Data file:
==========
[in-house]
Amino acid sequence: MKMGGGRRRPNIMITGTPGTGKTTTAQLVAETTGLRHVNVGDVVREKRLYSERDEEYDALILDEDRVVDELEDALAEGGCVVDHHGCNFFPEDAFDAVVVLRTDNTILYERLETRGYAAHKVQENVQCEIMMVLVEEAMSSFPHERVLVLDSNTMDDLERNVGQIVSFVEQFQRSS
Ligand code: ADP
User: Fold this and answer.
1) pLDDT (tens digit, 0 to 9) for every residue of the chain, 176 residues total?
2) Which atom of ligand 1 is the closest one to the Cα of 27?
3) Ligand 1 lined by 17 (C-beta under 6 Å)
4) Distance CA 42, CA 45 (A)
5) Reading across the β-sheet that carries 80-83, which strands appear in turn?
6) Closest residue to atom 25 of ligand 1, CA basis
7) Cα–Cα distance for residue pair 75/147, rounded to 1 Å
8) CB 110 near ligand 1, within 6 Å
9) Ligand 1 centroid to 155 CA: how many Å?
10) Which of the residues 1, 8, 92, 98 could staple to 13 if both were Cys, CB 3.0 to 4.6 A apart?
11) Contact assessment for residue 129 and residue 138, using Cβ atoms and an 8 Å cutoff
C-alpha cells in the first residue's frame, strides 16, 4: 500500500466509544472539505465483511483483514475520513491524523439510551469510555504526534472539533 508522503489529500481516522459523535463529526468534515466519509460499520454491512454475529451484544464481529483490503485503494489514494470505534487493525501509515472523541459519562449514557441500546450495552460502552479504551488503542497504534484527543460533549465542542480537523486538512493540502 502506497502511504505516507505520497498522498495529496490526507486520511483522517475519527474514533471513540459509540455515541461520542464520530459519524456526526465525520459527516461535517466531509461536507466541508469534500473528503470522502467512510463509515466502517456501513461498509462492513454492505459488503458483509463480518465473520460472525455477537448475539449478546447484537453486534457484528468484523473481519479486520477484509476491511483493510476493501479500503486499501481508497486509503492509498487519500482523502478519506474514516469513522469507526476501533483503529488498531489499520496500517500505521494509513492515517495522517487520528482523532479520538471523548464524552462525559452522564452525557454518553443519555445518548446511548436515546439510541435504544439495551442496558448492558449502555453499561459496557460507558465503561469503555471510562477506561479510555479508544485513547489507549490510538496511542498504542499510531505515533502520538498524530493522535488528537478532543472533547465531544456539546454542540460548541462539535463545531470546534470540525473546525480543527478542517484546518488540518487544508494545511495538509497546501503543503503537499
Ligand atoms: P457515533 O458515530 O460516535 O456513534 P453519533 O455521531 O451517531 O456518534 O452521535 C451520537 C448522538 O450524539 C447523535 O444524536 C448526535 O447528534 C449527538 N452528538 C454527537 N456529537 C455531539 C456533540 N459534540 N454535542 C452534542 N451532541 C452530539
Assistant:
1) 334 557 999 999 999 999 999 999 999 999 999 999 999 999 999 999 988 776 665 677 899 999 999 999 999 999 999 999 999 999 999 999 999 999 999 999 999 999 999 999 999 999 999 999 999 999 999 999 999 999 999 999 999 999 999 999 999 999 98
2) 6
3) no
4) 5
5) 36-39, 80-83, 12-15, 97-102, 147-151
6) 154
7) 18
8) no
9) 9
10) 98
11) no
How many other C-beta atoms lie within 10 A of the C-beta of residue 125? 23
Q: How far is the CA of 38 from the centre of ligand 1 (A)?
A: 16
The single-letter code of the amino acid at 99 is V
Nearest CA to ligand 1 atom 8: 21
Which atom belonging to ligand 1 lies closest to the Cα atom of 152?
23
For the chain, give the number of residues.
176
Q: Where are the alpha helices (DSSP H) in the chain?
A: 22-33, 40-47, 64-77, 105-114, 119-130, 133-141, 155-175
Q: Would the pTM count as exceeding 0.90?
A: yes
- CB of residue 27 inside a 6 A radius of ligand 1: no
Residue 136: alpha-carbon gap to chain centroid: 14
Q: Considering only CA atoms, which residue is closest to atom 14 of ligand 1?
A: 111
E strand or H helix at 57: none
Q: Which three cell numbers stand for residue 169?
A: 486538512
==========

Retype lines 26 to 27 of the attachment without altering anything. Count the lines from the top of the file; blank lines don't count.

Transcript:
8) no
9) 9